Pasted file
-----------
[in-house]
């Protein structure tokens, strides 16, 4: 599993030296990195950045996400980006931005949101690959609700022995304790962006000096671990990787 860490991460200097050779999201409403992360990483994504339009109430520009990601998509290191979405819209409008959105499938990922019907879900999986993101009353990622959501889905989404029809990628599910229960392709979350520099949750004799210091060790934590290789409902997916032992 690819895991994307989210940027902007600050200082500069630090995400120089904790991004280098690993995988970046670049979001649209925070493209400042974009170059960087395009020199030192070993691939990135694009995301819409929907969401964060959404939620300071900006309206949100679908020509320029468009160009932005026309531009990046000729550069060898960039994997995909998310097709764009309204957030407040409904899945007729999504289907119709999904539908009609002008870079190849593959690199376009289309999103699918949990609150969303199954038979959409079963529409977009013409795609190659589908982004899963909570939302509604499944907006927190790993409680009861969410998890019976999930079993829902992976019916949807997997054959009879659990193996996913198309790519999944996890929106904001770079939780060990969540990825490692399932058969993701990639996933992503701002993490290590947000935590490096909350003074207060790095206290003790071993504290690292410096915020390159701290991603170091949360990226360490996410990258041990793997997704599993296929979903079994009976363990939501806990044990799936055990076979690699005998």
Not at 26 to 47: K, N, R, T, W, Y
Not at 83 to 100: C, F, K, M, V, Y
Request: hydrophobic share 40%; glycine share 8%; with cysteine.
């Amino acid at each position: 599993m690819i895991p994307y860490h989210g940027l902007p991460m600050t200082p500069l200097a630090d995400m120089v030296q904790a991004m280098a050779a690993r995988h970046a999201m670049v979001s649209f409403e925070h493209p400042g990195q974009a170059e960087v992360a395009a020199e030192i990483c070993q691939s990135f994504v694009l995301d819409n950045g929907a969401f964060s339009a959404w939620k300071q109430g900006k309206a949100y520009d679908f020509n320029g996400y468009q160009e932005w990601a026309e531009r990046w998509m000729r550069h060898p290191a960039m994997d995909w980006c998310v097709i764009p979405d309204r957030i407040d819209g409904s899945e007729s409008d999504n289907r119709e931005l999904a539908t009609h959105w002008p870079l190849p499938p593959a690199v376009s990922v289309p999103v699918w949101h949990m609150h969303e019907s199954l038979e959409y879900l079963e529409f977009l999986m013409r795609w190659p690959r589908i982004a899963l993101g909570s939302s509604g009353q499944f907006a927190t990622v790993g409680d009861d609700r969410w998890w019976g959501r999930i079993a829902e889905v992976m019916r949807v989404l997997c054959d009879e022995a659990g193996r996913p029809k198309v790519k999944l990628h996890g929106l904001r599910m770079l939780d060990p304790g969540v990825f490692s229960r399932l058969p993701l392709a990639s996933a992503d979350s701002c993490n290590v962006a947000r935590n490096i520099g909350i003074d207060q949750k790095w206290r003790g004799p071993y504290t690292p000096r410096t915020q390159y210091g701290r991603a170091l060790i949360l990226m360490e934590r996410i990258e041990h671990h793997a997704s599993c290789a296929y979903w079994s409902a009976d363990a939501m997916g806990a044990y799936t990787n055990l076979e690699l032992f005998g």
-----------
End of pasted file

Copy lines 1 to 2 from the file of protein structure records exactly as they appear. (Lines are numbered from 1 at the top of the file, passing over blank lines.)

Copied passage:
[in-house]
């Protein structure tokens, strides 16, 4: 599993030296990195950045996400980006931005949101690959609700022995304790962006000096671990990787 860490991460200097050779999201409403992360990483994504339009109430520009990601998509290191979405819209409008959105499938990922019907879900999986993101009353990622959501889905989404029809990628599910229960392709979350520099949750004799210091060790934590290789409902997916032992 690819895991994307989210940027902007600050200082500069630090995400120089904790991004280098690993995988970046670049979001649209925070493209400042974009170059960087395009020199030192070993691939990135694009995301819409929907969401964060959404939620300071900006309206949100679908020509320029468009160009932005026309531009990046000729550069060898960039994997995909998310097709764009309204957030407040409904899945007729999504289907119709999904539908009609002008870079190849593959690199376009289309999103699918949990609150969303199954038979959409079963529409977009013409795609190659589908982004899963909570939302509604499944907006927190790993409680009861969410998890019976999930079993829902992976019916949807997997054959009879659990193996996913198309790519999944996890929106904001770079939780060990969540990825490692399932058969993701990639996933992503701002993490290590947000935590490096909350003074207060790095206290003790071993504290690292410096915020390159701290991603170091949360990226360490996410990258041990793997997704599993296929979903079994009976363990939501806990044990799936055990076979690699005998």